The city's landscape once was barren and unfrozen. “Oh my goodness gracious, there was literally no hockey scene to speak of,” says Paul Donskov, who moved to Columbus from Ontario, Canada, in 1990 with his wife Debbie and his three sons—Misha, Anthony and Matthew. Ohio State's rink was the only ice in town. Other than the Buckeyes, the Capital Amateur Hockey Association was the sole local organization for the sport. Donskov, who served as CAHA's vice president, and former president Jim Christensen say the association had only 90 youth hockey players across all ages.
In 1991, a Chicago businessman named Horn Chen founded the Columbus Chill and named David Paitson the president and general manager of the minor league franchise. The team struck a deal to play at the Ohio Expo Center Coliseum, which had previously served as the home for three failed minor league hockey teams—the Checkers, the Golden Seals and the Owls. Other than the Clippers, Columbus had been a graveyard for the minor leagues, Paitson says.
But the Chill succeeded where others had failed. As described in the book “Chill Factor,” co-written by Paitson and former Dispatch sports reporter Craig Merz, the tiny front office employed an ambitious marketing strategy that packaged hockey games as cheap entertainment, full of beer, outlandish in-game promotions and violence. (Sample tagline: “Assault someone, you get five years. In hockey, five minutes. Is this a great game or what?”) During the home opener, the team invited 20 fans to the ice to hurl frozen chickens at a goal using giant slingshots, with the winner pocketing $5,000. Opening night was a smash—600 fans beyond seating capacity—and the Chill eventually accumulated 83 consecutive sellouts, a minor league hockey record at the time, according to “Chill Factor.”
The organization began opening Chiller ice rinks in 1993 because the team needed space for practices. But Paitson believed the rinks would complement the franchise's growth by offering open skating and youth hockey programming. “The whole idea was to weave the game into the fabric of the community, and that's best started in building fans at a younger age,” Paitson says. CAHA worked simultaneously to grow its ranks, reaching 600 players by the time Christensen and Donskov left in 1996.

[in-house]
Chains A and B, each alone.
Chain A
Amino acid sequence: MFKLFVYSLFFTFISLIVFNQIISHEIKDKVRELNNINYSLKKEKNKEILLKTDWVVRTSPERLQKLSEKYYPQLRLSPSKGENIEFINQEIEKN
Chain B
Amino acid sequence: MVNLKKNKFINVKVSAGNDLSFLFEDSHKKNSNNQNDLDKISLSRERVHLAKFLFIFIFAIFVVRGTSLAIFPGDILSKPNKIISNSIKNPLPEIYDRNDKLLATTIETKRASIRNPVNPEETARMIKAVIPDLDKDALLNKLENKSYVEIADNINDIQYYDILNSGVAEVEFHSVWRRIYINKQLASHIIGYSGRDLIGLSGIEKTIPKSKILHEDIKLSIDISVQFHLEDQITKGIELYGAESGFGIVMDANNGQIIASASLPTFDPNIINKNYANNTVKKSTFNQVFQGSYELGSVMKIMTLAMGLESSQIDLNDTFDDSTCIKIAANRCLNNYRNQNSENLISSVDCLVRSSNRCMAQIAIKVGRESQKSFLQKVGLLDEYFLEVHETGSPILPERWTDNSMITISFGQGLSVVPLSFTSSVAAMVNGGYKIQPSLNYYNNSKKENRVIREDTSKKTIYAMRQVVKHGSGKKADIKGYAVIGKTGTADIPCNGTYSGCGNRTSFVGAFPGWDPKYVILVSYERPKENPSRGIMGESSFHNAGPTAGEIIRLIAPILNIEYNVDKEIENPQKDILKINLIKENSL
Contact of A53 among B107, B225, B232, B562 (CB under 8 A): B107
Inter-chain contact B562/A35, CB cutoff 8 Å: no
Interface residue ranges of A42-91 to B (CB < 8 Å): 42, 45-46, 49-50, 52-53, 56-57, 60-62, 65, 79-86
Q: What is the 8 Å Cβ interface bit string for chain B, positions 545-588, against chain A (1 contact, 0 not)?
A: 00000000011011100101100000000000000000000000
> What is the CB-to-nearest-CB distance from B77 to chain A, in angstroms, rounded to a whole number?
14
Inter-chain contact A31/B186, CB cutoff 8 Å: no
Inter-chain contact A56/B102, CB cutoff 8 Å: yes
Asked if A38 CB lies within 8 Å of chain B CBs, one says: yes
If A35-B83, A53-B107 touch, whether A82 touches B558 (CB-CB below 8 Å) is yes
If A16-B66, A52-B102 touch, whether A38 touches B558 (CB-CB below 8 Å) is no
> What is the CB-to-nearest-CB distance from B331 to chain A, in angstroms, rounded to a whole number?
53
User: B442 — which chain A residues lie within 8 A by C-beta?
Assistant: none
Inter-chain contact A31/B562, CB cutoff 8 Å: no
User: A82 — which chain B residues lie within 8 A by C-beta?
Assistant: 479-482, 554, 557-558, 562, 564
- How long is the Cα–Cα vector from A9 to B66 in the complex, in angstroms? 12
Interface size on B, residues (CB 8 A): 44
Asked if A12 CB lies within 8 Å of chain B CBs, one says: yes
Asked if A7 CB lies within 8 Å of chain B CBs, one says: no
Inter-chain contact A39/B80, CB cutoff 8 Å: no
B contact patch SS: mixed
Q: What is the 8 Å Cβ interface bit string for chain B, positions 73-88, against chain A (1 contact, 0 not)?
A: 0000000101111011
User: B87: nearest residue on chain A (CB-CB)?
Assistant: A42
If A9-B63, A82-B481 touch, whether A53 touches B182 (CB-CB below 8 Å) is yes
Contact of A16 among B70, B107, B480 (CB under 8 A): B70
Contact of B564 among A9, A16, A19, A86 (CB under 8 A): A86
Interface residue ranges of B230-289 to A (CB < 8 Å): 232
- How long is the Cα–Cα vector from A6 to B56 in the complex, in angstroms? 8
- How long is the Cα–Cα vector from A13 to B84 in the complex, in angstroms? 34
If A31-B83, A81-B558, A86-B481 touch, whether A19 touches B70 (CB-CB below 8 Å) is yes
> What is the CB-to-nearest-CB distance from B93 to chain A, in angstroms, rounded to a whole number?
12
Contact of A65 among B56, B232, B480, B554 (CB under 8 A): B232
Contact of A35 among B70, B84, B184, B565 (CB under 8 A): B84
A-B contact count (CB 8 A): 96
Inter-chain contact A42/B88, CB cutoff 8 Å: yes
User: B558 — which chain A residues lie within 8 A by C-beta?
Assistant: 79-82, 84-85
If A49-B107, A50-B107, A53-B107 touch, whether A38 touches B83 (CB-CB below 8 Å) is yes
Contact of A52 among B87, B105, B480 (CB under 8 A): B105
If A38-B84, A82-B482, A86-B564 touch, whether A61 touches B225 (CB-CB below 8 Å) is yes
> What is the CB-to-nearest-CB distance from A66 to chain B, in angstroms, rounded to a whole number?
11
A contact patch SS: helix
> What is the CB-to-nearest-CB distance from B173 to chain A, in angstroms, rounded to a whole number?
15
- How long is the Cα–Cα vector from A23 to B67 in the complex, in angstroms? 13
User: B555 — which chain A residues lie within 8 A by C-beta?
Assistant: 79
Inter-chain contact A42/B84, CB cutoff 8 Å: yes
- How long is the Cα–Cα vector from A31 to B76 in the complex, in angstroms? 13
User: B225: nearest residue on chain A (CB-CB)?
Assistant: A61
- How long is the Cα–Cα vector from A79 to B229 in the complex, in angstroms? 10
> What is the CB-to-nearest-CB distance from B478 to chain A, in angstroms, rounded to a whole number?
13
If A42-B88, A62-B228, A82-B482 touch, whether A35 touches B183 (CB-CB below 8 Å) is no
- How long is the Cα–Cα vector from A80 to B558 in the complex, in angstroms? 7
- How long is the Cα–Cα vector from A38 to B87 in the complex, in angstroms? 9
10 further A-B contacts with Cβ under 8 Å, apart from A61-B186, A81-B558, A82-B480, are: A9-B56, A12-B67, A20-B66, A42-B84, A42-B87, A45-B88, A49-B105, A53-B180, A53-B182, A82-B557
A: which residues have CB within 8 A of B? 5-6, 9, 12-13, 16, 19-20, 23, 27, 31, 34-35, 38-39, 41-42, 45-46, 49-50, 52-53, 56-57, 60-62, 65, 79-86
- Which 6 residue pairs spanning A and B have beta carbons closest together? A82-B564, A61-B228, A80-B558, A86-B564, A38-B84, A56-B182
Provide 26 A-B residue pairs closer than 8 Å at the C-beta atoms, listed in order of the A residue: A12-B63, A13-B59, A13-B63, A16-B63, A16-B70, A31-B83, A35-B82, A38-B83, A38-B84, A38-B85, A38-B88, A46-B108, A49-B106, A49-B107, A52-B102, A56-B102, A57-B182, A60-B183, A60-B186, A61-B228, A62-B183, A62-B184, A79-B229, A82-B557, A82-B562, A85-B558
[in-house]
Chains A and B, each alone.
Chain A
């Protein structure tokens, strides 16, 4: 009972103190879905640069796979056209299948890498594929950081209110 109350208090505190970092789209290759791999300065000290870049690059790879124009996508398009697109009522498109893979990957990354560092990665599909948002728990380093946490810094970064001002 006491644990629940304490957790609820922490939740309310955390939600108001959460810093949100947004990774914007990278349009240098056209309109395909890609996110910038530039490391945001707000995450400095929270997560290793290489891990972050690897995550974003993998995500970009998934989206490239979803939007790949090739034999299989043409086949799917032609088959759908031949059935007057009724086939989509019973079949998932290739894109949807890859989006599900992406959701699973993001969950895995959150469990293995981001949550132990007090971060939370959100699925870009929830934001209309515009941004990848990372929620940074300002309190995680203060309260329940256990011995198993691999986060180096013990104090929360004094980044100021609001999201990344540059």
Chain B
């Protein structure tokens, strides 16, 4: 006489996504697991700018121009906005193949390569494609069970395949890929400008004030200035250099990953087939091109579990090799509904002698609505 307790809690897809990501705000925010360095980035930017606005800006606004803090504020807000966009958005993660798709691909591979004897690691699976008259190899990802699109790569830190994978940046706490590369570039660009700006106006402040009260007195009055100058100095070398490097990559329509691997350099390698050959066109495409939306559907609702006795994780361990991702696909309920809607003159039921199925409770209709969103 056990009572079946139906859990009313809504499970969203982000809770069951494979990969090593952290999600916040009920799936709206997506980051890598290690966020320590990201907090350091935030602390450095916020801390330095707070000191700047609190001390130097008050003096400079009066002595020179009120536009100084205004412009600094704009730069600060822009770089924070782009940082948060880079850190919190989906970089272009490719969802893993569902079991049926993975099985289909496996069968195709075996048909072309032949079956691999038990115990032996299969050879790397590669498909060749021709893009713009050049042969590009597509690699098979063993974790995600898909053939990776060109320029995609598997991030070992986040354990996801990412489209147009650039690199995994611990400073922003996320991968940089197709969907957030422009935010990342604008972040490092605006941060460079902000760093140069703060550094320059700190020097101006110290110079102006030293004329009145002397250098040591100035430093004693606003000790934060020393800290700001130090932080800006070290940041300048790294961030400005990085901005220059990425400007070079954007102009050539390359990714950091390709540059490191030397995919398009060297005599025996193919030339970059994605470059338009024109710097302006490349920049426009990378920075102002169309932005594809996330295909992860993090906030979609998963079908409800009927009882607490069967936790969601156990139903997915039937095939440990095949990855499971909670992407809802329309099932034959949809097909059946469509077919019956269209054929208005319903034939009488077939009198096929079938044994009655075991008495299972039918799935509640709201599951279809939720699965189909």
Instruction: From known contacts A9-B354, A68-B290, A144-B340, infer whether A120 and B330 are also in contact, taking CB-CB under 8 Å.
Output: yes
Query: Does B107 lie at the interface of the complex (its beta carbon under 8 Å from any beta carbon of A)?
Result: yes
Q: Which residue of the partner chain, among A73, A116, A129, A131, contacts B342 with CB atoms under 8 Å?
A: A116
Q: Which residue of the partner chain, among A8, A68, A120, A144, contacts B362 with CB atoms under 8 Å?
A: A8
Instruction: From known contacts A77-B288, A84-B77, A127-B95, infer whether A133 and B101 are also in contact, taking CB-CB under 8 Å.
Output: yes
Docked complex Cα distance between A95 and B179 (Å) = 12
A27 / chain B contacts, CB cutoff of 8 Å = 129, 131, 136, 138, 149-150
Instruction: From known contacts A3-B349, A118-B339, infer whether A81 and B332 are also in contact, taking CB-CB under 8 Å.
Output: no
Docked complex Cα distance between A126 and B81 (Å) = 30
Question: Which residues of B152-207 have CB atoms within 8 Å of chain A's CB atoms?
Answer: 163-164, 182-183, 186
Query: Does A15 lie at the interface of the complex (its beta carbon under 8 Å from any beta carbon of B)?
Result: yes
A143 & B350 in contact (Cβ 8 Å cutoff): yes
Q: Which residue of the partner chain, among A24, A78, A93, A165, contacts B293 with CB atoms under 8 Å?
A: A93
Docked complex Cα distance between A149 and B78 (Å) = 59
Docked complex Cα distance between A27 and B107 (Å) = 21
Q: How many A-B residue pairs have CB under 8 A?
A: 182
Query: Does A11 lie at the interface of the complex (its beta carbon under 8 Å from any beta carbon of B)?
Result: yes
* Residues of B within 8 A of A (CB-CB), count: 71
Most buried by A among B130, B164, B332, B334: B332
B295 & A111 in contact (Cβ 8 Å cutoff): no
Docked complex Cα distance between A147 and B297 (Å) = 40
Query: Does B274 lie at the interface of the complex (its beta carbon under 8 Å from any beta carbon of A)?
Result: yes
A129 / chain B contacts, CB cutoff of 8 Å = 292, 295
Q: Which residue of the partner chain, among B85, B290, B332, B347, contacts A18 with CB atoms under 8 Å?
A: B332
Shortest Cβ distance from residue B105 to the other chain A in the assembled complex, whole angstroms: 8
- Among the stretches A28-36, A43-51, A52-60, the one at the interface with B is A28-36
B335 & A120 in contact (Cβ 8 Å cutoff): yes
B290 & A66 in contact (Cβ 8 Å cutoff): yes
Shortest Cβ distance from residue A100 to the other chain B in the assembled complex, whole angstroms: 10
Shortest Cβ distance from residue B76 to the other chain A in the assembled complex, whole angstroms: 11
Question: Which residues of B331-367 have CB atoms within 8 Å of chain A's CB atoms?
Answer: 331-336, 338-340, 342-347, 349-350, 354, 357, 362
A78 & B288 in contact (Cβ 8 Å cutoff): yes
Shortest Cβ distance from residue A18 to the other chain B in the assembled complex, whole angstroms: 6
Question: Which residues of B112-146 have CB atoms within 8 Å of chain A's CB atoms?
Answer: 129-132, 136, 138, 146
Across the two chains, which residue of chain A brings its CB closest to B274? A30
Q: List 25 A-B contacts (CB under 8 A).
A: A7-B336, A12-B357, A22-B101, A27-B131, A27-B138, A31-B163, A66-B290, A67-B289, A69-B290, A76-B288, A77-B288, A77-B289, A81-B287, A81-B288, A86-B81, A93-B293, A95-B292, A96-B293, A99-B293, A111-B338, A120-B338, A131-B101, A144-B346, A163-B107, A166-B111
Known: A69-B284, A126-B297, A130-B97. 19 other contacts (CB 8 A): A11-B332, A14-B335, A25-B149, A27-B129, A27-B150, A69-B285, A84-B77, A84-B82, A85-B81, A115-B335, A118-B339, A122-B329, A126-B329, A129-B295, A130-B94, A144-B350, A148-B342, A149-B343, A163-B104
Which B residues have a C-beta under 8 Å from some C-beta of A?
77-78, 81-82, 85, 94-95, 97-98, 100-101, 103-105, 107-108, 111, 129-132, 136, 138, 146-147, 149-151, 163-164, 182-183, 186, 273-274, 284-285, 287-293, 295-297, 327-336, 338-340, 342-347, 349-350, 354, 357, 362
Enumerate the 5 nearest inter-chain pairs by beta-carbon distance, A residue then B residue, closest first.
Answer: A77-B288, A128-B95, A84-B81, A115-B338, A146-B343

The hockey scene progressed enough by 1997 that Columbus earned an NHL expansion franchise—helped along, Paitson says, by an Ohio State Fairgrounds scheduling mistake that threatened a quarter of the Chill's home schedule in 1993. Mayor Greg Lashutka stepped in to help resolve it, and later appointed a citizen's commission to study building an arena, which proved crucial to winning the bid. Nationwide Realty Investors eventually financed the arena's construction, and five civic investors, led by John H. McConnell of Worthington Industries, founded a partnership called Columbus Hockey Limited, which successfully petitioned the NHL to award an expansion franchise to Columbus. The Blue Jackets were born. Chen was given a small ownership stake, and as part of the deal, the Chill was moved to Pennsylvania. It was a coup—Columbus boasted a shiny new NHL team less than a decade after owning almost no hockey infrastructure whatsoever.
The Jackets organization—including the Columbus Blue Jackets Foundation, which devotes 20 percent of its annual fundraising to developing youth and amateur hockey—has picked up where the Chill left off.
There are now 12 sheets of ice (eight at five Chiller locations), six youth hockey organizations, 20 high school programs, 2,300 youth players and 3,000 adult players registered with USA Hockey, up from little more than 350 in 1999, according to franchise records. In 2004, the team started the Ohio AAA Blue Jackets, an elite youth program trained by Donskov Strength and Conditioning, which is run by middle brother Anthony. In 2016, the family's eldest son Misha was named the director of hockey operations for the NHL's newest expansion franchise, the Vegas Golden Knights.